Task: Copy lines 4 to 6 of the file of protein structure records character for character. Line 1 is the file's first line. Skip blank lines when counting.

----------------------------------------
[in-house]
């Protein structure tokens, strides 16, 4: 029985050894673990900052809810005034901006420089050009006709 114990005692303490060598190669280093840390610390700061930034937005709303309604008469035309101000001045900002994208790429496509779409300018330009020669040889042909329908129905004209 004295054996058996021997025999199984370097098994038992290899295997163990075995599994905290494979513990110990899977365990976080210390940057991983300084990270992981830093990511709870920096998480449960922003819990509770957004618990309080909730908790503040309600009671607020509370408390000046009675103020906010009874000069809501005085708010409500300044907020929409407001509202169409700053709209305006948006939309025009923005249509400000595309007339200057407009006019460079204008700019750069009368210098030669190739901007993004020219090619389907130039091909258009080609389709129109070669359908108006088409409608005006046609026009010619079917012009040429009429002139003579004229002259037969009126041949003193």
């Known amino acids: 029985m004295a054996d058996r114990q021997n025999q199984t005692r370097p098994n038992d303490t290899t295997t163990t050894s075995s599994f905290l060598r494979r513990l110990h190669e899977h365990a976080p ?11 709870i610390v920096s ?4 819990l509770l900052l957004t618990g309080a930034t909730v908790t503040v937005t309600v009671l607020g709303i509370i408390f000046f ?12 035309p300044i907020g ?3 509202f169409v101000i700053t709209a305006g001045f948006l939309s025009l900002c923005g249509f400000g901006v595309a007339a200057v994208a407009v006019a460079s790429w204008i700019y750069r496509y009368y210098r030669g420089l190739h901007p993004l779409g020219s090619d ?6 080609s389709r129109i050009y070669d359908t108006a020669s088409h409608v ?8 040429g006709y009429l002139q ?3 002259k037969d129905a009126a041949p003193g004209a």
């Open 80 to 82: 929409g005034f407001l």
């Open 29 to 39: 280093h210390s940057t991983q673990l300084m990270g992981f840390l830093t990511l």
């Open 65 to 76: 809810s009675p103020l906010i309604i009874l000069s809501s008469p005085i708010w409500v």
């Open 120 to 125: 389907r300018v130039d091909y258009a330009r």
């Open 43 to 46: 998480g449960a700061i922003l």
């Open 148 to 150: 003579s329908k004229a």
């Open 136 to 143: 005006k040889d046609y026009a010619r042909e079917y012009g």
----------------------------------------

């Open 80 to 82: 929409g005034f407001l």
């Open 29 to 39: 280093h210390s940057t991983q673990l300084m990270g992981f840390l830093t990511l």
């Open 65 to 76: 809810s009675p103020l906010i309604i009874l000069s809501s008469p005085i708010w409500v």